Whether you manage a school, business, charity, or church, people entrust their personal information to you. They do so believing you will safeguard their information. If your clients, employees, donors, and others believed you were not handling their data properly, they would no longer want to work with you. After all, would you want to do business with someone you knew was not taking reasonable steps to protect you?
Some industries have a greater burden of information security imposed on them by state and federal regulatory agencies and laws. The Health Insurance Portability and Accountability Act that went into effect in 1996 was the first federal legislation enacted to safeguard our health information and records. In 1998, the Gramm-Leach-Bliley Act went into effect to ensure financial institutions properly protect sensitive data. Another piece of legislation that is not industry specific is the Sarbanes-Oxley Act of 2002. This legislation requires that affected public companies perform checks on their internal controls and provide data on their effectiveness. Failure to comply with these types of laws can lead to court, fines, and suspension of licenses. Compared to these, the cost of purchasing and maintaining a paper shredder is more than worth it.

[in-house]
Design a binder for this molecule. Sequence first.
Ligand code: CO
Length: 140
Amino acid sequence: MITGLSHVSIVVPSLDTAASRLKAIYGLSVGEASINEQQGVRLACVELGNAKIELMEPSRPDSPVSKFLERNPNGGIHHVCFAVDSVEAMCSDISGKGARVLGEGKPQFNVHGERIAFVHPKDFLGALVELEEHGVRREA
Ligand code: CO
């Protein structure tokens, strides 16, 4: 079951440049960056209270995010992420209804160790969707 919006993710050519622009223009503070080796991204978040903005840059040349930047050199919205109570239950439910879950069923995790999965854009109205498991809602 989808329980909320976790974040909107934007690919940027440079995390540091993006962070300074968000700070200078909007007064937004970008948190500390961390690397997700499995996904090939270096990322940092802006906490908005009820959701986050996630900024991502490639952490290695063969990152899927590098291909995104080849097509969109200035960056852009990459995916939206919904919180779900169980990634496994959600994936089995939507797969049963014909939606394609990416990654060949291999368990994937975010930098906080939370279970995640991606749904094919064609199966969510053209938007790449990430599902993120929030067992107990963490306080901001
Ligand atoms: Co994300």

In addition to the legislative implications of improperly managing sensitive information, there is the judicial angle. You and your business definitely do not want to endure the potential nightmare that could result from documents that are not properly disposed of. If your customers’ or employees’ personal data is not protected, then you are not protected. If you fail to take reasonable and prudent steps to safeguard the information entrusted to you, those victimized by your lack of vigilance may sue you and your firm.
Lawsuits can be costly in more ways than one. Not only must you pay court filing fees and hire attorneys, you will lose productivity at work. You will almost certainly lose customers as word gets out about your failure to protect clients and employees from financial predators and identity thieves.
The single most important step you can take towards safeguarding information is to invest in a paper shredder and use it regularly. Fortunately, protecting information becomes easier all the time as paper shredders are improved. Paper shredders destroy sensitive documents in a variety of ways. The most common means are through strip cutting and cross cutting. Generally speaking, documents destroyed through cross cutting are more secure simply because they are cut into smaller pieces. These smaller pieces also take up less room in the trash. Cross cut shredders require more maintenance than strip cut machines, and they may cost about ten percent more. The right machine for your office will depend on the volume of paper you will need to shred and the level of security you will require from the equipment. Paper shredders are available in a range of styles, sizes, and prices to serve all sorts of needs. Before buying one, take some time to think about how your firm will use the equipment. Base your decision on your business needs and your responsibility to customers, employees, and donors.